With hundreds of millions of dollars pouring into twin Jan. 5 Georgia runoff elections to determine control of the U.S. Senate, Democrats and a constellation of allies are waging an all-out campaign to mobilize as many Black voters as possible.
The success of their efforts—targeted advertising, virtual events, and even door-to-door canvassing despite the coronavirus pandemic—will likely decide the outcome, analysts said.
“High Black voter turnout is essential to a Democratic victory,” said Andra Gillespie, a professor at Emory University in Atlanta. “If their turnout rate is lower than it is for other groups … that’ll help dig a hole that Democrats won’t be able to dig out of.”
If either or both Republican incumbents, David Perdue and Kelly Loeffler, win, their party would retain a Senate majority—and the power to thwart Democratic President-elect Joe Biden’s legislative agenda on everything from the economy to climate change and race relations.
Even as Biden was scoring a surprise victory over President Donald Trump in Georgia in the Nov. 3 election, Perdue finished ahead of Jon Ossoff, a documentary filmmaker, falling just short of the 50% needed to avoid a runoff. The Rev. Raphael Warnock, senior pastor at Atlanta’s Ebenezer Baptist Church, a historic Black church, and Loeffler led a large multi-candidate field in the other race.
In outperforming Trump, Perdue benefited from Republican-leaning voters who disliked Trump but were not willing to vote for down-ballot Democrats.
“Those are going to be difficult voters for Democrats to win over,” Terrance Woodbury, a pollster, said. “They’re very likely voters, and very unlikely to vote for Democrats.”
Democrats need Black turnout as a counterbalance. State data show just over 27% of voters identified as Black in November, versus 28% in 2016.
Another wild card is what effect Trump’s absence from the ticket, and his baseless attacks on the November election, will have on turnout. An informal Reuters survey this month of 50 Georgia Republicans found that all 50 planned to vote even though almost all believed Trump’s attacks.
Early vote totals suggest record turnout for a runoff, and polls show voter engagement remains high amid unprecedented levels of advertising. Total ad spending exceeds $450 million, according to the tracking firm AdImpact.
Woodbury said Black voters were energized but lacked details on the unusual elections. A poll he conducted of Georgia Black women found almost all planned to vote—but a majority did not know the date.
“They don’t have to be convinced to vote, but they do need to be educated on the process—how to vote, where to vote, and when to vote,” Woodbury said.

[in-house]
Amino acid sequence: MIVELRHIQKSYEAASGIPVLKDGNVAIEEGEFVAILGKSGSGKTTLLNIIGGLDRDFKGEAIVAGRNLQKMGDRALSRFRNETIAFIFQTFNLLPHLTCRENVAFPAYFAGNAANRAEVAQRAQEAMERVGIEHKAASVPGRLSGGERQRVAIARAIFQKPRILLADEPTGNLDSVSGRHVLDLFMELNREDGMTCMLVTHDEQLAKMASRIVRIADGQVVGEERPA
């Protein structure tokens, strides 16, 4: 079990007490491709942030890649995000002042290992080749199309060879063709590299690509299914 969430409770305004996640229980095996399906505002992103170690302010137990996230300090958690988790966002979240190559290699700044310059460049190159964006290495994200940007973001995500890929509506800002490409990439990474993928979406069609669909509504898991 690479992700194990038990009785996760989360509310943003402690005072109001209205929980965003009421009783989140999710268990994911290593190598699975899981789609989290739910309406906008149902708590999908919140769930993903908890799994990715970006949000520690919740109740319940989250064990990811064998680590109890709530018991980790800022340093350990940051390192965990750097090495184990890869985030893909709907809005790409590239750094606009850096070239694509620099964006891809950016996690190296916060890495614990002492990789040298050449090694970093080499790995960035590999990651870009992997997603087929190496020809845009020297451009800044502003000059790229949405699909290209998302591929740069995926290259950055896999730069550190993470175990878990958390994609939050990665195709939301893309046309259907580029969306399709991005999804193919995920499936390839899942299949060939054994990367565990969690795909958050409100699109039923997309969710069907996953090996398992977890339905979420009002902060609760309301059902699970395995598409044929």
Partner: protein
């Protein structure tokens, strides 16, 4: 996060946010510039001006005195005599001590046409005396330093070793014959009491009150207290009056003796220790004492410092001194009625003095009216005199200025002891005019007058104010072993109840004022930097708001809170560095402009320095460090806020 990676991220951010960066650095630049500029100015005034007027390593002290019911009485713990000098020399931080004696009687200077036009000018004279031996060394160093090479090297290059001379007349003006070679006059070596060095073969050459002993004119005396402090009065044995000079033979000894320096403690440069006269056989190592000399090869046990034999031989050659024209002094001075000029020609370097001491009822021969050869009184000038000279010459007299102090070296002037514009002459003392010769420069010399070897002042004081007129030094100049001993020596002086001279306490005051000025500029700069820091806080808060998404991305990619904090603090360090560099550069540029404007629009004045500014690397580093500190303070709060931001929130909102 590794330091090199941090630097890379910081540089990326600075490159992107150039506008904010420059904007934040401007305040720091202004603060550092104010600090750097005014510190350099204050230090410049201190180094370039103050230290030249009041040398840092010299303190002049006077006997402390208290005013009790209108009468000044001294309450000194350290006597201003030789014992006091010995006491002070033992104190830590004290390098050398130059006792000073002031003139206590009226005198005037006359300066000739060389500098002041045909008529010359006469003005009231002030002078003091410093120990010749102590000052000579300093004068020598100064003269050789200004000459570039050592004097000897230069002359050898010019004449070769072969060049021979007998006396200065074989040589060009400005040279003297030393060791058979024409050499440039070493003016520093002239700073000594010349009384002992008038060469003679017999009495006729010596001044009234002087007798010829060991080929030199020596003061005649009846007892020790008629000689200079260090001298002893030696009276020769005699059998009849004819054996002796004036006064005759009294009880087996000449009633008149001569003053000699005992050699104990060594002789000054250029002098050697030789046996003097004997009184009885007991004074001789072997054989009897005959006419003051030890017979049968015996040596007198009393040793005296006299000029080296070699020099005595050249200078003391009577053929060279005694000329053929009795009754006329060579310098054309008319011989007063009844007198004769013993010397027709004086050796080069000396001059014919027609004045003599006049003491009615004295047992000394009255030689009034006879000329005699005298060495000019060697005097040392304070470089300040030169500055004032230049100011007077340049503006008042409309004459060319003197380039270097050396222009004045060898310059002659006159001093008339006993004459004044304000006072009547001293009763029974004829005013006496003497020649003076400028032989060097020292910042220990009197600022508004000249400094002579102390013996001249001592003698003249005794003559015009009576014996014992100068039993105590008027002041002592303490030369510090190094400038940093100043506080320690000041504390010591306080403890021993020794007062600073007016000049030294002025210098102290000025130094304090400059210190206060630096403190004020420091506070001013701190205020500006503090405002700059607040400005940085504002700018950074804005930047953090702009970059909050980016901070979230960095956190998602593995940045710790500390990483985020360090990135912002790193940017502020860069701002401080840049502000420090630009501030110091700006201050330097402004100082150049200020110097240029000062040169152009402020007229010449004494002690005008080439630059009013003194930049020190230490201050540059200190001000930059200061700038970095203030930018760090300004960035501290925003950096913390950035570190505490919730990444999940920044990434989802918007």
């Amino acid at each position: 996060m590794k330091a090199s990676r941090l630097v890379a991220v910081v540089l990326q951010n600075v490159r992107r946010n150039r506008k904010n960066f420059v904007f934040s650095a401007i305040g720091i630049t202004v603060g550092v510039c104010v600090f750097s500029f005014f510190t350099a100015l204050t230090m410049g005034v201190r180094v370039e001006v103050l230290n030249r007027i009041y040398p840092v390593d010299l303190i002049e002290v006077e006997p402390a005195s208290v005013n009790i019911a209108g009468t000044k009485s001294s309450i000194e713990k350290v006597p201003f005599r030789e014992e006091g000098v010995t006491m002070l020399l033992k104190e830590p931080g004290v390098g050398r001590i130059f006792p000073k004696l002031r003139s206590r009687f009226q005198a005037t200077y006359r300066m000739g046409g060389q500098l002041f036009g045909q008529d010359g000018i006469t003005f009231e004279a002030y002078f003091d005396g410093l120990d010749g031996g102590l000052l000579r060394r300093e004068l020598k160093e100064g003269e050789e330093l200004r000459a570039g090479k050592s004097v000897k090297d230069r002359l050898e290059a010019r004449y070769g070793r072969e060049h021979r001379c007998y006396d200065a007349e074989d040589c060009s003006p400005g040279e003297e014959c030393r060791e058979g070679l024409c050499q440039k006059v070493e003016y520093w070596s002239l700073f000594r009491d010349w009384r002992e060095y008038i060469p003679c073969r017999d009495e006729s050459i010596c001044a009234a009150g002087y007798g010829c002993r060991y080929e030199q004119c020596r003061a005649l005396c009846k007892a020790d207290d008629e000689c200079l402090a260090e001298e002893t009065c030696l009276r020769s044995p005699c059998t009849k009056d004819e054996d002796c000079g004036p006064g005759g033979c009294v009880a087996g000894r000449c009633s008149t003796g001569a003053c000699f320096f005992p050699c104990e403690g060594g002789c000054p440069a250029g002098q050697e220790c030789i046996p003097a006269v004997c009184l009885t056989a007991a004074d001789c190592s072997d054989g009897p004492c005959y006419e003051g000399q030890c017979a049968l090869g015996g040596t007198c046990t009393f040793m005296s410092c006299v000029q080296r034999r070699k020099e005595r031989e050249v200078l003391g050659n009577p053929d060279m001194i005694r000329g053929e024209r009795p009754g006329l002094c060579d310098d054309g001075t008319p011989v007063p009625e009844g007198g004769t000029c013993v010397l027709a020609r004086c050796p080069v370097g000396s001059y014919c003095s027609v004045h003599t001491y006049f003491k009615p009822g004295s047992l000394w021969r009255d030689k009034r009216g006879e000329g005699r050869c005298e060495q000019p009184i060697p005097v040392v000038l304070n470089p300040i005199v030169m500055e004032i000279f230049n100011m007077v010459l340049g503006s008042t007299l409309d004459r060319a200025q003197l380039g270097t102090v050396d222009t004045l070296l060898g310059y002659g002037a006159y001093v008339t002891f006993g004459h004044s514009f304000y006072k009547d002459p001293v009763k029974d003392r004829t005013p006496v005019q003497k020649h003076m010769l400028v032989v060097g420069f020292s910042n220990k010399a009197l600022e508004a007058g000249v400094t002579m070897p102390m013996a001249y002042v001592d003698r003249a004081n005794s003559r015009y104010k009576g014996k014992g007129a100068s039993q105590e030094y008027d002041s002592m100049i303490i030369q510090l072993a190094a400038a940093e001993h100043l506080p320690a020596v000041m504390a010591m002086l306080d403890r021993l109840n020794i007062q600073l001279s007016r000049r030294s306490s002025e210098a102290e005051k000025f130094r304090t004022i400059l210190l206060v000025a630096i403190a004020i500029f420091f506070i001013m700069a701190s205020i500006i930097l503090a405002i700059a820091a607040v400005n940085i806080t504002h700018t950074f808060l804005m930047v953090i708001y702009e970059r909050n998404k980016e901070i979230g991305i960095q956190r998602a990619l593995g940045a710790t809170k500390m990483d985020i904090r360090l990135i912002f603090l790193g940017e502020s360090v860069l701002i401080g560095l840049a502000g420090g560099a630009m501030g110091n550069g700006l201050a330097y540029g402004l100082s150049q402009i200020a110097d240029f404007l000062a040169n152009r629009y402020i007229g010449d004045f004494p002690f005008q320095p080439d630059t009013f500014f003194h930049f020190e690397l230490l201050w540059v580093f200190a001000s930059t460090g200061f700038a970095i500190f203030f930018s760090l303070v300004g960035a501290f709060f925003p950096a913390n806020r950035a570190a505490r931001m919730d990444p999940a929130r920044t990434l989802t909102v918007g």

Several aides who oversaw Biden’s Georgia victory are advising the Democrats’ coordinated campaign, which has bought advertising on Black radio stations and media outlets. As in November, the coronavirus and healthcare are core messages.
Kamala Harris, the first Black vice president-elect, campaigned alongside Ossoff and Warnock on Monday. The nation’s first Black president, Barack Obama, headlined a virtual rally this month but has not yet visited in person, as Biden did last week.
Dozens of third-party groups have entered the fray. An initiative called #WinBothSeats—whose founders include former Democratic presidential candidate Andrew Yang—is raising money for organizers targeting voters of color.
Several have emphasized rural voters, such as Black Voters Matter, whose regional efforts include 10 heavily Black counties in southwest Georgia, co-founder Cliff Albright said.
“When you take those 10 counties collectively, you’ve basically got a major city,” he said.
Some are concentrating on specific segments of the electorate, such as newly eligible or infrequent voters.
The voting advocacy group New Georgia Project, founded by former gubernatorial candidate Stacey Abrams, registered 7,000 voters for the runoffs, Chief Executive Nse Ufot said, part of a surge of 75,000 statewide registrations. The group is operating a fleet of vans to ferry hundreds of voters without cars to the polls.
On Tuesday morning, Karli Swift, a Black attorney in Atlanta’s Edgewood neighborhood, hitched a ride to her local voting site.
“It’s important to vote, especially for me as a Black woman,” the 38-year-old Democrat said. “We’ve been ignored and neglected for too long.”
The Black Male Voter Project is targeting Georgia’s 460,000 registered Black men who have not voted for years, founder Mondale Robinson said. More than 80,000 who did not vote in 2016 or 2018 cast ballots in November, he added.
Campaigns rarely spend time investing in such voters, who just need to understand the impact an election can have on their concerns, Robinson said. Someone opposed to excessive sentencing, for instance, might not realize the Senate confirms federal judges.
“Antipathy is different than apathy,” he said. “If we engage Black men as though they are apathetic, we’re already losing.”
(Reporting by Joseph Ax in Princeton, New Jersey, and Rich McKay in Atlanta; Additional reporting by Susan Cornwell in Washington; Editing by Scott Malone and Peter Cooney)
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